The historical narrative recorded in volume C-1 continued the account of JS’s life as prophet and president of the church. Critical events occurring within the forty-five-month period covered by this text include the Mormon War; subsequent legal trials of church leaders; expulsion of the Saints from Missouri; missionary efforts in by the and others; attempts by JS to obtain federal redress for the Missouri depredations; publication of the LDS Millennial Star in England; the migration of English converts to ; missionary efforts in other nations; the death of church patriarch ; the establishment of the city charter; the commencement of construction of the Nauvoo ; the expedition that facilitated temple construction; the introduction of the doctrine of proxy baptism for deceased persons; the dedicatory prayer by on the Mount of Olives in Palestine; publication of the “Book of Abraham” in the Nauvoo Times and Seasons; publication of the JS history often referred to as the “Wentworth letter;” the organization of the Female Relief Society of Nauvoo; and the inception of Nauvoo-era temple endowment ceremonies.
<March 24> ended here— yesterday a resolution passed the Senate, that the Committee should be discharged; and that we might withdraw the accompanying papers, which I have [HC 4:98] done; I have also taken a copy of the Memorial, and want to be off for the West immediately— I have not gotten a letter from , although I have frequently written to him. I have received a letter from , stating that he was in the — and that he was calculating to have me come that way and go home with him, and also that he had business which he wanted me to attend to at the office here, When he last wrote, he stated that as yet he had no money to get home <with>, and I hardly know what course to take in regard to the matter. If I do not receive a letter in two or three days, I design leaving for or the West, There is one honest, quaker looking sort of a man, here by the name of William Green (instead of John Green as I stated in a letter to Brother Robinson) who has two Iron printing presses, with other things necessary, that would come to , provided you could find work for him, and inform him of the same, How much work there is to do I know not, therefore merely write that if such a man and establishment are wanted, you could easily obtain them, or would know where they could be obtained. He believes as much in our religion as any other, but not much in any— Yours in the Lord — P.S. I would just observe, that information has reached this place, through some of the Newspapers, that you have come out for Harrison; It is said that the Information came by some Gentlemen who obtained it from you, whilst in your company in passing through the State of Indiana. Another paper states that 1000 houses are to be built in this Season, which I hope is the truth. I would just observe (on the subject of our business) I am sorry had not insisted on the motion to print our papers, as it would have been opposed, then a speech from , and Mr. Preston would have been brought forth, as I have since learned; but I think it was a trick of the Senators to slide it along without making a noise, by its going to the Committee as it did, says he was anxious to have it brought before the Committee, but seemed disposed to let it slide along easily rather than run the risk of its being refused. If he had let those speeches been made, almost every one would have read them; which would have shamed (if there is any shame in her) and waked up the whole country, so that by another year Congress would do something for us— But there is no need of crying for spilt milk.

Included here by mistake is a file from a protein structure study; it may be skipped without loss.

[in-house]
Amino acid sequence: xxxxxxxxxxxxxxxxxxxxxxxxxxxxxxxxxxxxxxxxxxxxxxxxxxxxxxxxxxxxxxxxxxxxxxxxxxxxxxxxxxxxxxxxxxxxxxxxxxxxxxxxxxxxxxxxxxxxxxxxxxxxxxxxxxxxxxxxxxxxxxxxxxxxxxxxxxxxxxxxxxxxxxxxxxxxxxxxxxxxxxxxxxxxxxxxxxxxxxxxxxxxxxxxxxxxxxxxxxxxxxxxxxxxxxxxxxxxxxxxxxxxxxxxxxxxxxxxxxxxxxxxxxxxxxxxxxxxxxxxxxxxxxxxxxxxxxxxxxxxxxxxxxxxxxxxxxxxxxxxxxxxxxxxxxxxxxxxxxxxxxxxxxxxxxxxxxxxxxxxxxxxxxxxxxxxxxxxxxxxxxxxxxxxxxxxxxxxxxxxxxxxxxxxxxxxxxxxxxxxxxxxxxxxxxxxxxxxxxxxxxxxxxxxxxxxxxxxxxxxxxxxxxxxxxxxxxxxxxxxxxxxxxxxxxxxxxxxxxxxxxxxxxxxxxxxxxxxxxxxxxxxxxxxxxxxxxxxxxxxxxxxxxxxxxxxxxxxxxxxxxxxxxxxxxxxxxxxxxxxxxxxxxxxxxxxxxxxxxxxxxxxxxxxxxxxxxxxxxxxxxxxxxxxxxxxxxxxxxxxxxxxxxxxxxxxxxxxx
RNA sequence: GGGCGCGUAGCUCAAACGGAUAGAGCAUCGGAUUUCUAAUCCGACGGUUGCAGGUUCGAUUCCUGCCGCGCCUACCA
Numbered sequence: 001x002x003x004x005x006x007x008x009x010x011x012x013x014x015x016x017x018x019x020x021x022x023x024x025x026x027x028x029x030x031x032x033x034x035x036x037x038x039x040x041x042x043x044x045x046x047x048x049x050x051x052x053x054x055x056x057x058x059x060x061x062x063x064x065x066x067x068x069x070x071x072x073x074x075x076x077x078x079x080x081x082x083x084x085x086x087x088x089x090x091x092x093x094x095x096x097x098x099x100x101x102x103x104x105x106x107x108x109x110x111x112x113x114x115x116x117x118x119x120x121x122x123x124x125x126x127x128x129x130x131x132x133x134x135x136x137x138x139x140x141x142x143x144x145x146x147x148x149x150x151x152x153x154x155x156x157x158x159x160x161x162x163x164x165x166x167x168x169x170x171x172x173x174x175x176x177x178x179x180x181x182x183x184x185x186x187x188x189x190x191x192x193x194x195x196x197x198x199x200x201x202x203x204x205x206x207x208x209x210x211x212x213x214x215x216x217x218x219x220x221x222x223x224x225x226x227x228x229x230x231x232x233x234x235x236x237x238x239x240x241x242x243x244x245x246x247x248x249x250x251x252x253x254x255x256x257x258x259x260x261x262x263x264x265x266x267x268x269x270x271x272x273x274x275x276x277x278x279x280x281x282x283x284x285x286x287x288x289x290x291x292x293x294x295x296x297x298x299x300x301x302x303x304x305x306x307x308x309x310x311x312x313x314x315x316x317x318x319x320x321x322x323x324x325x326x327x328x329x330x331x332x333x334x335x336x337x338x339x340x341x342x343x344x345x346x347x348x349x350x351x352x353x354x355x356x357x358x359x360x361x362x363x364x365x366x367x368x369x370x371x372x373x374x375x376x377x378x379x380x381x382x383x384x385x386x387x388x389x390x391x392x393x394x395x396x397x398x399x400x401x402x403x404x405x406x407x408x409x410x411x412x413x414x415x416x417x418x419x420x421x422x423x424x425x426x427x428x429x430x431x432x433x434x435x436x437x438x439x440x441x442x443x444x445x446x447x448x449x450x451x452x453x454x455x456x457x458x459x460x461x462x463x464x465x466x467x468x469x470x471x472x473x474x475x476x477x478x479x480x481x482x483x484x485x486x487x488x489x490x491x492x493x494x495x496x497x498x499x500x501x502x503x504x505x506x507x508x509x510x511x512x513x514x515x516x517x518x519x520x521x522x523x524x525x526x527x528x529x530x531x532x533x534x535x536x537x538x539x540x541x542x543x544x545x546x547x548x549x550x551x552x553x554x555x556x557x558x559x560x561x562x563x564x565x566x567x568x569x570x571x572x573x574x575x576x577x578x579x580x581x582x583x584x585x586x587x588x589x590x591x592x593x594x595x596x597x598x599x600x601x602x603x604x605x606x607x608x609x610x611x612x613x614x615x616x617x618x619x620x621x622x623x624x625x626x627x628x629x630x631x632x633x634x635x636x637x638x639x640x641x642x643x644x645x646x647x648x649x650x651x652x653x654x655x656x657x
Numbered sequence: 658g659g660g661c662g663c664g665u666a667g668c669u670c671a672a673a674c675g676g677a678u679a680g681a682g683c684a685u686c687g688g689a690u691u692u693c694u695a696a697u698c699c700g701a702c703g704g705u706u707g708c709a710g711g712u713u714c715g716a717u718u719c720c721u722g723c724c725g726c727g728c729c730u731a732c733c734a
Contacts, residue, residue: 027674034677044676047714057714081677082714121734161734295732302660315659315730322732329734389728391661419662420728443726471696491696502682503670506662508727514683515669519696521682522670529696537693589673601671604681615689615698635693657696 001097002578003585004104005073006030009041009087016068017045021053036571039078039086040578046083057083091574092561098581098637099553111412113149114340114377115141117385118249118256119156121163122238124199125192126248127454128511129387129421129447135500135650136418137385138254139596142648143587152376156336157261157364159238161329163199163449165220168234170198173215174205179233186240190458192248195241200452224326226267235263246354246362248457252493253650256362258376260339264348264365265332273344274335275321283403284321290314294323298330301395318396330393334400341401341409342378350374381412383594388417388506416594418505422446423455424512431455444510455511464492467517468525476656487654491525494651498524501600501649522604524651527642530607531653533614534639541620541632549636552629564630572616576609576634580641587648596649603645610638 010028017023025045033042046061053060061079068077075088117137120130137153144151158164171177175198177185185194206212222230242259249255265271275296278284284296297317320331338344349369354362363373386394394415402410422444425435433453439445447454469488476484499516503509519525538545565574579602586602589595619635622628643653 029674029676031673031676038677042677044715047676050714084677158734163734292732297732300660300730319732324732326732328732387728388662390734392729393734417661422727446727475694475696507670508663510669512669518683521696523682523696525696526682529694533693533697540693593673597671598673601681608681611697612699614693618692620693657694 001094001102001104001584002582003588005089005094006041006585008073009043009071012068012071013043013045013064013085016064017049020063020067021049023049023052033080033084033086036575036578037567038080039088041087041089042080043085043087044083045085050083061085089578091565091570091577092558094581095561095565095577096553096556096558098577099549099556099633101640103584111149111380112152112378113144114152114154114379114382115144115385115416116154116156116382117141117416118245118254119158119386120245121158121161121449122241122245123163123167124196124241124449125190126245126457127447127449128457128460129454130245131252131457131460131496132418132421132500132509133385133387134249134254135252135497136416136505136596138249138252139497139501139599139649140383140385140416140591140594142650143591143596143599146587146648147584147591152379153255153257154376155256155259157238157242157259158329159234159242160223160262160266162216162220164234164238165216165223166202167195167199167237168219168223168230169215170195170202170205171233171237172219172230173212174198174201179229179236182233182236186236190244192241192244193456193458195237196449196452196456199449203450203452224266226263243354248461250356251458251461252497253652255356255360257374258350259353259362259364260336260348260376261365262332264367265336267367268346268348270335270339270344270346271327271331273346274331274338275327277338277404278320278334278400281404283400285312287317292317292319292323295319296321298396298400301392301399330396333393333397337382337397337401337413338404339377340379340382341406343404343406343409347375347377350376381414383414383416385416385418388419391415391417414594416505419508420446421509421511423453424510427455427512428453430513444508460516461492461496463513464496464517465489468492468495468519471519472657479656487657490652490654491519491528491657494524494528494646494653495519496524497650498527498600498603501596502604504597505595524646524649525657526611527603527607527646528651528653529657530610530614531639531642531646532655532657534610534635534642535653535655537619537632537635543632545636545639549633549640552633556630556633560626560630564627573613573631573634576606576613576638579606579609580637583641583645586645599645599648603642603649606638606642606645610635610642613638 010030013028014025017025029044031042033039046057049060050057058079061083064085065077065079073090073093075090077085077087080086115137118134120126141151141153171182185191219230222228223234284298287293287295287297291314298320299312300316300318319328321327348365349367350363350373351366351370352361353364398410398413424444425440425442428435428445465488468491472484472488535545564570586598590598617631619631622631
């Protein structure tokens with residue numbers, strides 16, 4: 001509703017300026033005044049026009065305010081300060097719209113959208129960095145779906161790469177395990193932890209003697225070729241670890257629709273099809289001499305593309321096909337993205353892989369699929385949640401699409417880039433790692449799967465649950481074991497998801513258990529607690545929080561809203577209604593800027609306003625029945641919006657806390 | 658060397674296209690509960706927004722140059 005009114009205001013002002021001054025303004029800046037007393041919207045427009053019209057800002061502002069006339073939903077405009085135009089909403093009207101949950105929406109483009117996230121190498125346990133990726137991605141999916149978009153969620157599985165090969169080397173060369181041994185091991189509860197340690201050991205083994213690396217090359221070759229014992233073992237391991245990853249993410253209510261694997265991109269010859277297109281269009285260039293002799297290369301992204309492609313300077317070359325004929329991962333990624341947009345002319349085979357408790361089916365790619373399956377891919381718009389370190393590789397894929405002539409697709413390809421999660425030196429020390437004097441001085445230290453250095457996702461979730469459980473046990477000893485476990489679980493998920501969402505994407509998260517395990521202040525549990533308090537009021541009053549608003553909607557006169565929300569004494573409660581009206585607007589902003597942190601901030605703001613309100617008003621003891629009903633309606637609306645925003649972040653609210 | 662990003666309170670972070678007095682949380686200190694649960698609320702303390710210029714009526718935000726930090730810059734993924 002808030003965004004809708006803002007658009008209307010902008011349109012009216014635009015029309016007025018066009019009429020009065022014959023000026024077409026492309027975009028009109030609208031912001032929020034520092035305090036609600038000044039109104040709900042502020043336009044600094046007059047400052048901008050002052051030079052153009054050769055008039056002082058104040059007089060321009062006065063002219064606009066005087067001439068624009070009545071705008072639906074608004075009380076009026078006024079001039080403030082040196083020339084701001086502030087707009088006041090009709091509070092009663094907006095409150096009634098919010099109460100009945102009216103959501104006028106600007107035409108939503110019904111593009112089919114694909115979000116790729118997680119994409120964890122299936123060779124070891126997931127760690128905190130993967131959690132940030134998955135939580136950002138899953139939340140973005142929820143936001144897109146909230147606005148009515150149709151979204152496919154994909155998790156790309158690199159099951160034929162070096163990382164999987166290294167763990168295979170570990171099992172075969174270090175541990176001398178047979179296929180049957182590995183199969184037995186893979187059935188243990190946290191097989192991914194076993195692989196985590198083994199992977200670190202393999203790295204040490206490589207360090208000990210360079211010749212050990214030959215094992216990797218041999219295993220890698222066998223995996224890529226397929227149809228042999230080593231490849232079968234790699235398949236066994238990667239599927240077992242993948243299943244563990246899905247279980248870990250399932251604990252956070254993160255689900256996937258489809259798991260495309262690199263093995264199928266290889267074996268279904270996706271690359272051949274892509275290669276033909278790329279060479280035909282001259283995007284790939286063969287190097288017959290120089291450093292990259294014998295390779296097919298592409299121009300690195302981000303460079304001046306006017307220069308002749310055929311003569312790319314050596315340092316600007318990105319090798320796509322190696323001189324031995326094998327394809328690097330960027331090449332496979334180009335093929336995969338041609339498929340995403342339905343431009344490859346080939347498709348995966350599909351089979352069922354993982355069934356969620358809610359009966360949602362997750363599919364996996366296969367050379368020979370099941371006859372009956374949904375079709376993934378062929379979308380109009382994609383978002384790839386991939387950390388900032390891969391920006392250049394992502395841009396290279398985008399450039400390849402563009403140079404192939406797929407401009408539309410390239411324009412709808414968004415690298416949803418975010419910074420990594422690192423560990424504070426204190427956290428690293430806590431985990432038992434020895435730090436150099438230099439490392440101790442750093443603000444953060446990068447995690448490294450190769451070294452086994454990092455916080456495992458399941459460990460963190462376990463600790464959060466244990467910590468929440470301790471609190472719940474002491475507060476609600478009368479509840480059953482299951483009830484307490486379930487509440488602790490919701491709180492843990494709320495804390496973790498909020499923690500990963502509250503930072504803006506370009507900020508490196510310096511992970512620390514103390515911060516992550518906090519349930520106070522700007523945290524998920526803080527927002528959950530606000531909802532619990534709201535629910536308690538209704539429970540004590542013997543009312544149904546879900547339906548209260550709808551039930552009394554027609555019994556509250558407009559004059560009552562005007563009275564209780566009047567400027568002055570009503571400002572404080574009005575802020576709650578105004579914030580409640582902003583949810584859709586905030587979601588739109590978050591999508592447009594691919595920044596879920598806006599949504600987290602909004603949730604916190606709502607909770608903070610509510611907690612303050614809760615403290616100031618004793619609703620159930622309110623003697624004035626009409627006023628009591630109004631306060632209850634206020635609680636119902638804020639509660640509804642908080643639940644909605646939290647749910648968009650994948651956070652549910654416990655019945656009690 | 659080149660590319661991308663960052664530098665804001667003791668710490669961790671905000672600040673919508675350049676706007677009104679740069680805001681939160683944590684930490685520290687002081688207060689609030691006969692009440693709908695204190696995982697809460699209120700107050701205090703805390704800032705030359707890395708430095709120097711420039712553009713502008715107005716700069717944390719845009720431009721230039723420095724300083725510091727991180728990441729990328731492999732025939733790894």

I have done all I could in this matter; depending on the good judgment of to legislate for us to the best advantage— I am inclined however to think if it was an error, it was one of the head, and not of the heart. [HC 4:99] <of Fairhaven, Connecticut> has addressed a letter to yourself, and myself which seems to be written with much good feeling — — — — — — — [p. 1039]